PMA 102c: Unpacking (15 pts + 10 extra)

What you need:

Malware Samples

If you are using the machine from this project:
PMA 41: Windows 10 or 11 with Analysis Tools
The malware samples are on your desktop.

Otherwise, download the malware from:

This project uses files in this folder:

Practical Malware Analysis Labs\BinaryCollection\Chapter_1L

Examining the Strings in Lab01-02.exe with BinText

If you don't have BinText, get it here:,

Examine the strings in Lab01-02.exe with BinText.

There are only a few strings, and they call only a few ordinary Windows API commands, as shown below.

These strings aren't from the malware--they are from the UPX packer, as we will show below.

Examining the File with PEiD

Run PEiD on the file. It shows that the file is packed with UPX, as shown in the "EP Section" below.

Examining the File with PEview

Run PEview on the file. The file has sections labeled UPX0, UPX1, and UPX2, as shown below.

These are section names produced by the UPX packer.

Navigate to the Import Directory Table, as shown below. This file only imports four libraries.

Examining the File with CFF Explorer

Open the file in CFF Explorer, which is included in the FLARE-VM. If you need to download it, get it here:

In the left pane, click "Import Directory". In the right pane, click KERNEL32.dll.

As shown below, this file only uses six functions from KERNEL32.DLL, and even fewer from the other imports.

Unpacking the File with UPX

If you are using the FLARE-VM, you already have UPX. If you don't have it, do this: Open a Command Prompt window and execute this command:
You see a UPX help message, as shown below:

Execute these commands (replacing YourName with your username) to move to the directory containing the malware samples, and list the files there.

Use tab completion to speed up the process:

cd "\Users\YourName\Desktop\Malware\Practical Malware Analysis Labs\BinaryCollection\Chapter_1L"


You see several malware samples, including Lab01-02.exe, as shown below:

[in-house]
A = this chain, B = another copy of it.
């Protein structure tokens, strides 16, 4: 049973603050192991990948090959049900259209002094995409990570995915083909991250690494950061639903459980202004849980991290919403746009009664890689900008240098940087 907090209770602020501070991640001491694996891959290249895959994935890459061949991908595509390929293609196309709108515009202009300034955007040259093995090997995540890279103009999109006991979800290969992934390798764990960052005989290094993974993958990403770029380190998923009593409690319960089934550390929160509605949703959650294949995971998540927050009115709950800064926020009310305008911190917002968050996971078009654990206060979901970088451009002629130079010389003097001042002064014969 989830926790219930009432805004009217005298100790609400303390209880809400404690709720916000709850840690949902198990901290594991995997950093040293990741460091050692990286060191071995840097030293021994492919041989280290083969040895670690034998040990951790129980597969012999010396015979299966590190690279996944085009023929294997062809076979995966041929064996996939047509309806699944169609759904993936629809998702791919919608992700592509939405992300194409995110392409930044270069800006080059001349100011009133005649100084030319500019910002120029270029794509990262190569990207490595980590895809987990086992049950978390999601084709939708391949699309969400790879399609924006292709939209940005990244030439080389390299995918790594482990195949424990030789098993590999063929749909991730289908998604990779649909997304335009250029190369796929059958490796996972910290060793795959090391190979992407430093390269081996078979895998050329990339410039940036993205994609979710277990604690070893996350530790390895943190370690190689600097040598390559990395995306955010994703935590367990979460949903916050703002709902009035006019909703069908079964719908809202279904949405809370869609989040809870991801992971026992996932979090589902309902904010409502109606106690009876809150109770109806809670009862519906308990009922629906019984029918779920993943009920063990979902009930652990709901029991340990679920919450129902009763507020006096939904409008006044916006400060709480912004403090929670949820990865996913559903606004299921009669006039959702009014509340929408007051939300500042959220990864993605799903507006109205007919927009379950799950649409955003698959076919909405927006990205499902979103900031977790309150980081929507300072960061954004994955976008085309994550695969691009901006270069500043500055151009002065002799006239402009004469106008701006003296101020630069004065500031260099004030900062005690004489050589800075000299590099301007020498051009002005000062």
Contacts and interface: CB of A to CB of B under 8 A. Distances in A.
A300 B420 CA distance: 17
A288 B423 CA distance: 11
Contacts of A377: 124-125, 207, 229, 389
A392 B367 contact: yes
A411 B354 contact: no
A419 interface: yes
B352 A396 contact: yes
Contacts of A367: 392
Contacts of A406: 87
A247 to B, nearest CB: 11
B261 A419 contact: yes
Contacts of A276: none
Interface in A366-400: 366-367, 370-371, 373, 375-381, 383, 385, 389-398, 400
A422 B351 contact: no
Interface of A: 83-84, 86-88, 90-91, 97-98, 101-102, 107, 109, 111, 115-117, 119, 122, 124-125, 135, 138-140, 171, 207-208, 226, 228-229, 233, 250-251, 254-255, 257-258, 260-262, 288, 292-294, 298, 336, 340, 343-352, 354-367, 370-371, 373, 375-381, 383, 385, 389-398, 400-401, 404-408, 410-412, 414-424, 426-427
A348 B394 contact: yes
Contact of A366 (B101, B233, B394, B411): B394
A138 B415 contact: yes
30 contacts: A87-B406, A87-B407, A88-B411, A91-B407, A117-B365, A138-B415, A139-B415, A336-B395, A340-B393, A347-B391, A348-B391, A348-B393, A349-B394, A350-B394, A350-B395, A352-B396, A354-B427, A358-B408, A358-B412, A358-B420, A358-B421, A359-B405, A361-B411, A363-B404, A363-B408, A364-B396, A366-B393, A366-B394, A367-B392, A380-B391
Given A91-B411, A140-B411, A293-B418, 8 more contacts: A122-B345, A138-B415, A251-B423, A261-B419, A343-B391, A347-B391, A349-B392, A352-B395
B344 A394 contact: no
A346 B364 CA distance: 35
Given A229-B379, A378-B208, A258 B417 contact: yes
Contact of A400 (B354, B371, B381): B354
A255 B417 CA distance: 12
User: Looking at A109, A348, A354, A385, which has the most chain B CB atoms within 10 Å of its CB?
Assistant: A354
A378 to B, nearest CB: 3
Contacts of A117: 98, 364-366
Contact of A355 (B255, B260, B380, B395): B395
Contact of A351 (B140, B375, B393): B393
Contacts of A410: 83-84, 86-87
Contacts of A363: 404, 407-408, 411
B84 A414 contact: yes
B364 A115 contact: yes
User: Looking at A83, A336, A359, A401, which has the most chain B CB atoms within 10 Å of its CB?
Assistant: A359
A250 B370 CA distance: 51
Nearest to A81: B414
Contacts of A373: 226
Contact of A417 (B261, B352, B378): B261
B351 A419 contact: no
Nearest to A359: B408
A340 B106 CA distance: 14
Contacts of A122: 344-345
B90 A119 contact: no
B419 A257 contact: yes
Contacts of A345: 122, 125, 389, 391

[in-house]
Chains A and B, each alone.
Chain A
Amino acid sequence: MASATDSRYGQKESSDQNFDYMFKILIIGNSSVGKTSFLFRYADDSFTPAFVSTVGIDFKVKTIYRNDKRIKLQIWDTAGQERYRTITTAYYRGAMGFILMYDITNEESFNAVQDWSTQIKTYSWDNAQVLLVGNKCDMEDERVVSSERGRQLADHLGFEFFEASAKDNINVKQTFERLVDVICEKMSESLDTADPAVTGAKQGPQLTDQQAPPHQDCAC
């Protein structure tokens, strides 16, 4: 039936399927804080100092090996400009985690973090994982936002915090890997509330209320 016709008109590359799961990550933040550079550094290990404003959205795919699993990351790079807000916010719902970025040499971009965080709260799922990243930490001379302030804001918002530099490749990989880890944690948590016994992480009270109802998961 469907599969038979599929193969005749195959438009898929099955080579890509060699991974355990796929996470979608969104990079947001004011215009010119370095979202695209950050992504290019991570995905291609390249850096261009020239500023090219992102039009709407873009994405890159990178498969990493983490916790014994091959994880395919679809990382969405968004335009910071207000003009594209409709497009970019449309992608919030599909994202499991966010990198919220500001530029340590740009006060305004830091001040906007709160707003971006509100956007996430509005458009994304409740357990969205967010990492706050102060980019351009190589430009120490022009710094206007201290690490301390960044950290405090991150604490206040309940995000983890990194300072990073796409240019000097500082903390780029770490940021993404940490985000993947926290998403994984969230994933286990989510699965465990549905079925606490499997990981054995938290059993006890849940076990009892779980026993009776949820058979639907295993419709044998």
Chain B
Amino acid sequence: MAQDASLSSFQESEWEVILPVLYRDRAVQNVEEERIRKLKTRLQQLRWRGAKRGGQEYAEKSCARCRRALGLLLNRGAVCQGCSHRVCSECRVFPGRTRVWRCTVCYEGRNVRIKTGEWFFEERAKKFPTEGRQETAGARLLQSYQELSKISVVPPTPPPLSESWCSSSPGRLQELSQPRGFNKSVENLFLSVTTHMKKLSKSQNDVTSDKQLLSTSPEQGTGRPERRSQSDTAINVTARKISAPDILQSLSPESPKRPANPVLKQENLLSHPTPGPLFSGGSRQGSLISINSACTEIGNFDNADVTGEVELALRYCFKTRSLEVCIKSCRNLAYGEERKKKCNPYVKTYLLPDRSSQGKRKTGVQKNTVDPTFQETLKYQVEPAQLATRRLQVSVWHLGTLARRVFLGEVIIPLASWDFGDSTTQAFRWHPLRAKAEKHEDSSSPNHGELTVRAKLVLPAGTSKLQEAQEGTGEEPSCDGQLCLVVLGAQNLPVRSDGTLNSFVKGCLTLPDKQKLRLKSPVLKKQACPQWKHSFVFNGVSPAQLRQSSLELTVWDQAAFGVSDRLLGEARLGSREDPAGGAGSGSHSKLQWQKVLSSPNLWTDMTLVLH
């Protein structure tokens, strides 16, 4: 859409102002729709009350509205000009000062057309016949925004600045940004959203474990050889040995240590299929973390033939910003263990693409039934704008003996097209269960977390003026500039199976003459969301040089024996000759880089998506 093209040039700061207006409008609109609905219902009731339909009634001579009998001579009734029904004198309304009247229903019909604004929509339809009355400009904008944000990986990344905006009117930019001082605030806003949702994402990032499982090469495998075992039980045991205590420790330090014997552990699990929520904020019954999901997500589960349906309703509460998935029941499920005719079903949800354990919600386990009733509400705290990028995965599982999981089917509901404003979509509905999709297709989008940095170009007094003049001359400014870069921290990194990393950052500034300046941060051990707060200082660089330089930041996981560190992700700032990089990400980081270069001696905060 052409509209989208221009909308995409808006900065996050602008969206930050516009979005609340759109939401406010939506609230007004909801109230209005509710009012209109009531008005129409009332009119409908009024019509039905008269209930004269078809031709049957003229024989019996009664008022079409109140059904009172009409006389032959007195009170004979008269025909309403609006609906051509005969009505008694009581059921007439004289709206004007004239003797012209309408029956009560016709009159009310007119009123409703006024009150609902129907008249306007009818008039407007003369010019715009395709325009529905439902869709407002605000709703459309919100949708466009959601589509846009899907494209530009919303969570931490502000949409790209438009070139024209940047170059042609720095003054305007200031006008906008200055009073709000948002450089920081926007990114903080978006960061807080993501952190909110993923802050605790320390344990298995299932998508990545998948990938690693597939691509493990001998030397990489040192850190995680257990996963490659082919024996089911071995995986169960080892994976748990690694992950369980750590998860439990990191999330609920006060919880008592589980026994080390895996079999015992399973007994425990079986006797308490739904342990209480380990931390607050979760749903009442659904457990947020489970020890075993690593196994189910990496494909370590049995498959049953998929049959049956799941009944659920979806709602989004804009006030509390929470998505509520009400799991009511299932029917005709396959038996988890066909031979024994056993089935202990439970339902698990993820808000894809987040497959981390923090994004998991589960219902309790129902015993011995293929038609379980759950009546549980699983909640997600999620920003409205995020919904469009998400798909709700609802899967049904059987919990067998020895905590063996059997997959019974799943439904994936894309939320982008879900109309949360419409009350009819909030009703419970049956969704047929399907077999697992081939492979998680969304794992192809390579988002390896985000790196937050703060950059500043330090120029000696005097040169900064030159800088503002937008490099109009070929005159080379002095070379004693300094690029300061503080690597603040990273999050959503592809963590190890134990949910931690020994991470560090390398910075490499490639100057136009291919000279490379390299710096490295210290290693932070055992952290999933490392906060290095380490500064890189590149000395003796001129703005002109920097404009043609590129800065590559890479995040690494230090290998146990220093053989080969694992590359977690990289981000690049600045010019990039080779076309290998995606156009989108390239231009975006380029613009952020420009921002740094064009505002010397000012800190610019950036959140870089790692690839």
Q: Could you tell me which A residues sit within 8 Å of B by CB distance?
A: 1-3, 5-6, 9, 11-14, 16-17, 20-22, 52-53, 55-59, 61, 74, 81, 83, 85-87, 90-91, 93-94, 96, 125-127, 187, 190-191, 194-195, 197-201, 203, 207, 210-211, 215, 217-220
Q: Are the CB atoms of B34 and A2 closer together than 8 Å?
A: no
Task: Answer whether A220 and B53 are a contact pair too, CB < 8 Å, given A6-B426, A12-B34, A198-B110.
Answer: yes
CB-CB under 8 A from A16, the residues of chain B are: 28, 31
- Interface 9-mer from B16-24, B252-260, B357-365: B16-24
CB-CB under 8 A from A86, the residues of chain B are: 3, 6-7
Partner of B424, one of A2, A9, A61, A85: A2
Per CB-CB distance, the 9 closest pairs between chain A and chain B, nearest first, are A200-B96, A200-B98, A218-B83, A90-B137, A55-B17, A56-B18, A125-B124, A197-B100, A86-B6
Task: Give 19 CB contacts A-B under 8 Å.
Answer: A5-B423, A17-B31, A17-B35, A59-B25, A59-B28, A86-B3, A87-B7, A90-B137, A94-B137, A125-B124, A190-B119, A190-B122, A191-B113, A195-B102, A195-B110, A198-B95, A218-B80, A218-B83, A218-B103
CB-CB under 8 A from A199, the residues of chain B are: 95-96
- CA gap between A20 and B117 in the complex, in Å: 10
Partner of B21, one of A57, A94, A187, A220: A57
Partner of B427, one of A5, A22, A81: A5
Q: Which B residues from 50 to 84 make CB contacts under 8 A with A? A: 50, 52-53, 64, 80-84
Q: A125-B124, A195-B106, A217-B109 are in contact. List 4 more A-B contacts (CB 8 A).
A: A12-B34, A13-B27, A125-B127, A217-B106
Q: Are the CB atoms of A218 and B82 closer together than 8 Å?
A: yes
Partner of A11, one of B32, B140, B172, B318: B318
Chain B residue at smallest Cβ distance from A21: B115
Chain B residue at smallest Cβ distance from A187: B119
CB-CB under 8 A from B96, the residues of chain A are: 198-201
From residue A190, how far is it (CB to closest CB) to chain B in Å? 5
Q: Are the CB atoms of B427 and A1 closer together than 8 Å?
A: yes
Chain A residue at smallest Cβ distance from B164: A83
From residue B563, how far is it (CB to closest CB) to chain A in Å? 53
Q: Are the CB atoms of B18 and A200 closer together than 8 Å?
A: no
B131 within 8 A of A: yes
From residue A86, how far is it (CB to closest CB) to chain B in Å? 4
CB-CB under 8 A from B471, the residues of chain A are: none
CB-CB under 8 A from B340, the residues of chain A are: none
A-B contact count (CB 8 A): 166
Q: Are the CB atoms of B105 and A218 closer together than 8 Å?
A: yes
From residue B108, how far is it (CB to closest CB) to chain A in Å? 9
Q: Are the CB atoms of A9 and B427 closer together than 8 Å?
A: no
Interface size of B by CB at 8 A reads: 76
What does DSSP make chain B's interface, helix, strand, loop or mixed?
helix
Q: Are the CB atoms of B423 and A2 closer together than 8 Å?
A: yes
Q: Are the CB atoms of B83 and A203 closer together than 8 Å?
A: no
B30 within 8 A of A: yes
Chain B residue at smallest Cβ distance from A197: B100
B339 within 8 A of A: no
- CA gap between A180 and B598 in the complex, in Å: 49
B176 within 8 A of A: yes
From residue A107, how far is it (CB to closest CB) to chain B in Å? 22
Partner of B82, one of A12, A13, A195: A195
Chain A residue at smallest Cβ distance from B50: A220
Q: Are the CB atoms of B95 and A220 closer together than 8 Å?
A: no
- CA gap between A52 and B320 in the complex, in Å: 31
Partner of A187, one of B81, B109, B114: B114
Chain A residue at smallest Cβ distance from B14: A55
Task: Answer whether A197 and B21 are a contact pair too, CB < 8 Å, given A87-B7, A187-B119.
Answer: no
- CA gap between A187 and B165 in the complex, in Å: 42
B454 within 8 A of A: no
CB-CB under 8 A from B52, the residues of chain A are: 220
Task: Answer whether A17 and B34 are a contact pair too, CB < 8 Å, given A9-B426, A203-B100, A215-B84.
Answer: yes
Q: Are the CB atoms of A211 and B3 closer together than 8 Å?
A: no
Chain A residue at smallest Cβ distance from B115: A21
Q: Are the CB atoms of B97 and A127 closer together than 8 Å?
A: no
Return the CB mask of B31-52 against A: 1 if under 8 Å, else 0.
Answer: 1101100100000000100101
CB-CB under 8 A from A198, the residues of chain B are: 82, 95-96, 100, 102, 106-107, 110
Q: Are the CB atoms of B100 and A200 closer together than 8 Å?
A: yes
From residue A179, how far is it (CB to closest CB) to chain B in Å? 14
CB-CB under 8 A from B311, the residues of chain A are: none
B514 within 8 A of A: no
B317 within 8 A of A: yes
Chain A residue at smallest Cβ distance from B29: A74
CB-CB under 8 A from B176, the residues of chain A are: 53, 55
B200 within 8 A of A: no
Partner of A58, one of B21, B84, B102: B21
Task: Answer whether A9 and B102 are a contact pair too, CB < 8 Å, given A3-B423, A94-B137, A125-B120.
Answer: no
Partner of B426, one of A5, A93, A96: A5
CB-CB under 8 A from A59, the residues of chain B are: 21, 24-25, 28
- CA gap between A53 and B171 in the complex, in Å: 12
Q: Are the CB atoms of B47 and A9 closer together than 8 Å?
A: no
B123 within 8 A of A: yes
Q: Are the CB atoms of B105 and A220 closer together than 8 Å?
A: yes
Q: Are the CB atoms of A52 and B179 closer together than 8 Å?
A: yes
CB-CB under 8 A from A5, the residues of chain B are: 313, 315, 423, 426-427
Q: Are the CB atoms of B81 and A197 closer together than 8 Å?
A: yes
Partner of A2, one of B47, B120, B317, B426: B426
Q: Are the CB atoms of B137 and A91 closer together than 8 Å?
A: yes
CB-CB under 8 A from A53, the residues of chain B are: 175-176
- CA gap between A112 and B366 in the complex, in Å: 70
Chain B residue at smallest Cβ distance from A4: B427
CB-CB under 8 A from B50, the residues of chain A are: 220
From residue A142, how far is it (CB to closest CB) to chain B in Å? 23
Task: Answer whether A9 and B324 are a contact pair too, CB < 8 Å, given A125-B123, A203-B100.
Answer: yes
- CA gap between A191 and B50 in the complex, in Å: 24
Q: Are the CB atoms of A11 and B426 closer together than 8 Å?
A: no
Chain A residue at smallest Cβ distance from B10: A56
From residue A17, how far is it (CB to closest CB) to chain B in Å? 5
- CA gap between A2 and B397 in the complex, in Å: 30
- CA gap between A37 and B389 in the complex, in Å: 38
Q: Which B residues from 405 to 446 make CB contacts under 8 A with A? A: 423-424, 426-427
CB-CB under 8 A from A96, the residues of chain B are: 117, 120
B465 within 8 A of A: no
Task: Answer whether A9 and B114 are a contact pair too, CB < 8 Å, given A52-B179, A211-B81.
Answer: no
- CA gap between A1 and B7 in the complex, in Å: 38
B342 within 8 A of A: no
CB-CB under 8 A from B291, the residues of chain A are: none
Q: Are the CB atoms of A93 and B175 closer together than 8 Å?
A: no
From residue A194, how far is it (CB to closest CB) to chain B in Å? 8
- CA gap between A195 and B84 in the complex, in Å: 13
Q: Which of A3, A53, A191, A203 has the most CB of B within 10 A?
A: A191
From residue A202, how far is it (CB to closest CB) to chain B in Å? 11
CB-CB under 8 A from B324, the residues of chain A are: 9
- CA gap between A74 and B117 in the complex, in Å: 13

Execute these commands to unpack the file, and list the files again:

UPX -d -o Lab01-02-unpacked.exe Lab01-02.exe


The unpacked file is much larger than the original file, as shown below:

Analyze the unpacked file with PEiD. It now is recognized as a "Microsoft Visual C++ 6.0" file, as shown below.

Flag PMA 102.1: Entrypoint (10 pts)

On the left side of the PeID box, find the Entrypoint value, which is covered by a green box in the image below. That's the flag.

Examining the Unpacked File with PEview

Run PEview on the unpacked file.

Now the file has the usual sections labeled .text, .rdata, and .data, as shown below.

Examining the Unpacked File with CFF Explorer

Find the unpacked file's imports with CFF Explorer.

The imports from KERNEL32.DLL, ADVAPI32.DLL, and MSVCRT.DLL are uninformative generic functions used by almost every program.

However, the WININET.DLL imports are InternetOpenUrlA and InternetOpenA, as shown below. This indicates that the malware connects to a URL.


Find the strings in the unpacked file.

You should see the API names InternetOpenURLA and InternetOpenA, and the Command-and-Control URL, as shown below.

These suggest that infected machines will connect to The name of the running service, MalService, is also visible.

Flag PMA 102.2: Last String (5 pts)

The last string is covered by a green box in the image below. That's the flag.

Flag PMA 102.3: Packer (10 pts)

Find the packer used for sample Lab01-03.exe.

Ignore everything except the primary packer name, which consists of three capital letters. That's the flag.

Ported to Google Cloud 9-5-19
Posted 8-21-18
Chal 3.3 added 8-28-18
Chal 3.3 number fixed 9-11-18
Format updated 8-18-20
Malware sample link added, CFF Explorer added 6-13-2021
Updated to refer to the "Win 10 with Tools" machine 7-14-2021